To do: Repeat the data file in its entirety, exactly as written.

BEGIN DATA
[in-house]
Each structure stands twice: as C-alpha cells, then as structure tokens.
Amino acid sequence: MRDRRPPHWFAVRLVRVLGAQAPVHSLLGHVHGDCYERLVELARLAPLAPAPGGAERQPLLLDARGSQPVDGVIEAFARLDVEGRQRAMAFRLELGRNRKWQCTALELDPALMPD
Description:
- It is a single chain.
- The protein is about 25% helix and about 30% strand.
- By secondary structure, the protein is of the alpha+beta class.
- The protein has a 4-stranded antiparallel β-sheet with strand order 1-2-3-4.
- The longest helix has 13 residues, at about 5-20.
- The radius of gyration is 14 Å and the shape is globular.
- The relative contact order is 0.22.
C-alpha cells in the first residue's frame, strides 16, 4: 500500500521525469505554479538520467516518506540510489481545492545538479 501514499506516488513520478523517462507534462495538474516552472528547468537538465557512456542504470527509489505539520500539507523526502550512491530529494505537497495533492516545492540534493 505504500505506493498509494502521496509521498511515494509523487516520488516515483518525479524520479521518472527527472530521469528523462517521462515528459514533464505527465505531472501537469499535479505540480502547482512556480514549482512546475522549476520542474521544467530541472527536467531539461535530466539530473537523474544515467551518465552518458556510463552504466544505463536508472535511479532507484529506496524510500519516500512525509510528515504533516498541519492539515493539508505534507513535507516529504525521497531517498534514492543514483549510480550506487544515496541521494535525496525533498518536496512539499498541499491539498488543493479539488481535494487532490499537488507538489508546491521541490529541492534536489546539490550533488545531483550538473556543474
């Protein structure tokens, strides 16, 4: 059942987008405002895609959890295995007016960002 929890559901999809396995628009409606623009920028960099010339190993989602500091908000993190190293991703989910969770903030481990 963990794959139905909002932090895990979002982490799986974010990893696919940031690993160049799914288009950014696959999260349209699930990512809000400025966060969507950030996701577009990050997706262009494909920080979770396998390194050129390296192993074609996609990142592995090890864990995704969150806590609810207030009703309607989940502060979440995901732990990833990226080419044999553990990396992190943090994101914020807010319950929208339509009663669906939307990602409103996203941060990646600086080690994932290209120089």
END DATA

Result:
[in-house]
Each structure stands twice: as C-alpha cells, then as structure tokens.
Amino acid sequence: MRDRRPPHWFAVRLVRVLGAQAPVHSLLGHVHGDCYERLVELARLAPLAPAPGGAERQPLLLDARGSQPVDGVIEAFARLDVEGRQRAMAFRLELGRNRKWQCTALELDPALMPD
Description:
- It is a single chain.
- The protein is about 25% helix and about 30% strand.
- By secondary structure, the protein is of the alpha+beta class.
- The protein has a 4-stranded antiparallel β-sheet with strand order 1-2-3-4.
- The longest helix has 13 residues, at about 5-20.
- The radius of gyration is 14 Å and the shape is globular.
- The relative contact order is 0.22.
C-alpha cells in the first residue's frame, strides 16, 4: 500500500521525469505554479538520467516518506540510489481545492545538479 501514499506516488513520478523517462507534462495538474516552472528547468537538465557512456542504470527509489505539520500539507523526502550512491530529494505537497495533492516545492540534493 505504500505506493498509494502521496509521498511515494509523487516520488516515483518525479524520479521518472527527472530521469528523462517521462515528459514533464505527465505531472501537469499535479505540480502547482512556480514549482512546475522549476520542474521544467530541472527536467531539461535530466539530473537523474544515467551518465552518458556510463552504466544505463536508472535511479532507484529506496524510500519516500512525509510528515504533516498541519492539515493539508505534507513535507516529504525521497531517498534514492543514483549510480550506487544515496541521494535525496525533498518536496512539499498541499491539498488543493479539488481535494487532490499537488507538489508546491521541490529541492534536489546539490550533488545531483550538473556543474
């Protein structure tokens, strides 16, 4: 059942987008405002895609959890295995007016960002 929890559901999809396995628009409606623009920028960099010339190993989602500091908000993190190293991703989910969770903030481990 963990794959139905909002932090895990979002982490799986974010990893696919940031690993160049799914288009950014696959999260349209699930990512809000400025966060969507950030996701577009990050997706262009494909920080979770396998390194050129390296192993074609996609990142592995090890864990995704969150806590609810207030009703309607989940502060979440995901732990990833990226080419044999553990990396992190943090994101914020807010319950929208339509009663669906939307990602409103996203941060990646600086080690994932290209120089």